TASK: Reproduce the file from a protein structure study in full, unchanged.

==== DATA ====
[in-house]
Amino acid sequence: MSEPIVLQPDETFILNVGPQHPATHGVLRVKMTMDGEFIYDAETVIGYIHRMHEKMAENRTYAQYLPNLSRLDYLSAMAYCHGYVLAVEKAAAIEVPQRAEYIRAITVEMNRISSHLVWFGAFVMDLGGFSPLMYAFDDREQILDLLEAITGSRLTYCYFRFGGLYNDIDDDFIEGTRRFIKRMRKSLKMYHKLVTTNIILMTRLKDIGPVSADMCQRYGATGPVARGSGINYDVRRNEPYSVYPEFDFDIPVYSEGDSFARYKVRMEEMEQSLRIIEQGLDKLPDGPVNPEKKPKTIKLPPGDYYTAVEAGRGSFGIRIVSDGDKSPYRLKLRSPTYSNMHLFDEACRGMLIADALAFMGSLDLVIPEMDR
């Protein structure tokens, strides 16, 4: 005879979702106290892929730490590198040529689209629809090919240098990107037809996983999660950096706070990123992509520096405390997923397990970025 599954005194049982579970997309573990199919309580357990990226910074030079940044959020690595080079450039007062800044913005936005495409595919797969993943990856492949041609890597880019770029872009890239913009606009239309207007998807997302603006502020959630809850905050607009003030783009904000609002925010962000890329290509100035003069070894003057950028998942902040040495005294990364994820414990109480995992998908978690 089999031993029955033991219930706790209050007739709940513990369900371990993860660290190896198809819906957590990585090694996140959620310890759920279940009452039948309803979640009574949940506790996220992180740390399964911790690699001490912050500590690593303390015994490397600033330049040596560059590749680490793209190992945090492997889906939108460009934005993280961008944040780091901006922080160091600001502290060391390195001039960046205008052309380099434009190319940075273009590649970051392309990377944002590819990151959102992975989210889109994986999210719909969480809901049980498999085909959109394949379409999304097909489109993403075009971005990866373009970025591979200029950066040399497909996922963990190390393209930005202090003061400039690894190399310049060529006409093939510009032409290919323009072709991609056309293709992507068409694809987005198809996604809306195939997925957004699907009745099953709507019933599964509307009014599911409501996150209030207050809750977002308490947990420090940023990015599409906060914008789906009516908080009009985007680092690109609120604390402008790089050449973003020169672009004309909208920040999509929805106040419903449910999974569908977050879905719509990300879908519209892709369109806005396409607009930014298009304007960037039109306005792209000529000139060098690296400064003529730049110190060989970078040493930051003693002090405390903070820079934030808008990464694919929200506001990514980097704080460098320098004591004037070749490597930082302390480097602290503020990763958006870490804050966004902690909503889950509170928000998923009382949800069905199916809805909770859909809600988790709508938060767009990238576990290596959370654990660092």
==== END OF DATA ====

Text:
[in-house]
Amino acid sequence: MSEPIVLQPDETFILNVGPQHPATHGVLRVKMTMDGEFIYDAETVIGYIHRMHEKMAENRTYAQYLPNLSRLDYLSAMAYCHGYVLAVEKAAAIEVPQRAEYIRAITVEMNRISSHLVWFGAFVMDLGGFSPLMYAFDDREQILDLLEAITGSRLTYCYFRFGGLYNDIDDDFIEGTRRFIKRMRKSLKMYHKLVTTNIILMTRLKDIGPVSADMCQRYGATGPVARGSGINYDVRRNEPYSVYPEFDFDIPVYSEGDSFARYKVRMEEMEQSLRIIEQGLDKLPDGPVNPEKKPKTIKLPPGDYYTAVEAGRGSFGIRIVSDGDKSPYRLKLRSPTYSNMHLFDEACRGMLIADALAFMGSLDLVIPEMDR
């Protein structure tokens, strides 16, 4: 005879979702106290892929730490590198040529689209629809090919240098990107037809996983999660950096706070990123992509520096405390997923397990970025 599954005194049982579970997309573990199919309580357990990226910074030079940044959020690595080079450039007062800044913005936005495409595919797969993943990856492949041609890597880019770029872009890239913009606009239309207007998807997302603006502020959630809850905050607009003030783009904000609002925010962000890329290509100035003069070894003057950028998942902040040495005294990364994820414990109480995992998908978690 089999031993029955033991219930706790209050007739709940513990369900371990993860660290190896198809819906957590990585090694996140959620310890759920279940009452039948309803979640009574949940506790996220992180740390399964911790690699001490912050500590690593303390015994490397600033330049040596560059590749680490793209190992945090492997889906939108460009934005993280961008944040780091901006922080160091600001502290060391390195001039960046205008052309380099434009190319940075273009590649970051392309990377944002590819990151959102992975989210889109994986999210719909969480809901049980498999085909959109394949379409999304097909489109993403075009971005990866373009970025591979200029950066040399497909996922963990190390393209930005202090003061400039690894190399310049060529006409093939510009032409290919323009072709991609056309293709992507068409694809987005198809996604809306195939997925957004699907009745099953709507019933599964509307009014599911409501996150209030207050809750977002308490947990420090940023990015599409906060914008789906009516908080009009985007680092690109609120604390402008790089050449973003020169672009004309909208920040999509929805106040419903449910999974569908977050879905719509990300879908519209892709369109806005396409607009930014298009304007960037039109306005792209000529000139060098690296400064003529730049110190060989970078040493930051003693002090405390903070820079934030808008990464694919929200506001990514980097704080460098320098004591004037070749490597930082302390480097602290503020990763958006870490804050966004902690909503889950509170928000998923009382949800069905199916809805909770859909809600988790709508938060767009990238576990290596959370654990660092």